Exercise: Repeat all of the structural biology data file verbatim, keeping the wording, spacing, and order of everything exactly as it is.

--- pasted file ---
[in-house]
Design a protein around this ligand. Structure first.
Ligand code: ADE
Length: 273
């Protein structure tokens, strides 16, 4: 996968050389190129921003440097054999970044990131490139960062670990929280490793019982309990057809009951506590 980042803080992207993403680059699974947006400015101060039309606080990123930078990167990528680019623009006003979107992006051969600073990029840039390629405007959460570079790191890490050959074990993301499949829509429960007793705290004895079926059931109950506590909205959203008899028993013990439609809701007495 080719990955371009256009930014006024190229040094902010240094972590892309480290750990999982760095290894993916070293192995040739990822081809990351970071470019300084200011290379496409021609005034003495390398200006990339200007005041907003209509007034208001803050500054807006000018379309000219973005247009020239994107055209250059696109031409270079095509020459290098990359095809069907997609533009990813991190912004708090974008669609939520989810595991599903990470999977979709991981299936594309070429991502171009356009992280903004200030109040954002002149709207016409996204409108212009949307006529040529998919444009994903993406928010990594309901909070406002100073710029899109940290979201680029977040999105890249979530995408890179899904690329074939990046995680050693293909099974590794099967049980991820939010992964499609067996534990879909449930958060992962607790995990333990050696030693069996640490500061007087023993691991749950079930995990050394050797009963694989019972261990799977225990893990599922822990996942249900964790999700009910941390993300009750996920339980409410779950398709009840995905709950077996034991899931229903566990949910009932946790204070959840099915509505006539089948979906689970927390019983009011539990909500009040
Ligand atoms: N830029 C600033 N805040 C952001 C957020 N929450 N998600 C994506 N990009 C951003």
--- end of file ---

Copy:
[in-house]
Design a protein around this ligand. Structure first.
Ligand code: ADE
Length: 273
């Protein structure tokens, strides 16, 4: 996968050389190129921003440097054999970044990131490139960062670990929280490793019982309990057809009951506590 980042803080992207993403680059699974947006400015101060039309606080990123930078990167990528680019623009006003979107992006051969600073990029840039390629405007959460570079790191890490050959074990993301499949829509429960007793705290004895079926059931109950506590909205959203008899028993013990439609809701007495 080719990955371009256009930014006024190229040094902010240094972590892309480290750990999982760095290894993916070293192995040739990822081809990351970071470019300084200011290379496409021609005034003495390398200006990339200007005041907003209509007034208001803050500054807006000018379309000219973005247009020239994107055209250059696109031409270079095509020459290098990359095809069907997609533009990813991190912004708090974008669609939520989810595991599903990470999977979709991981299936594309070429991502171009356009992280903004200030109040954002002149709207016409996204409108212009949307006529040529998919444009994903993406928010990594309901909070406002100073710029899109940290979201680029977040999105890249979530995408890179899904690329074939990046995680050693293909099974590794099967049980991820939010992964499609067996534990879909449930958060992962607790995990333990050696030693069996640490500061007087023993691991749950079930995990050394050797009963694989019972261990799977225990893990599922822990996942249900964790999700009910941390993300009750996920339980409410779950398709009840995905709950077996034991899931229903566990949910009932946790204070959840099915509505006539089948979906689970927390019983009011539990909500009040
Ligand atoms: N830029 C600033 N805040 C952001 C957020 N929450 N998600 C994506 N990009 C951003």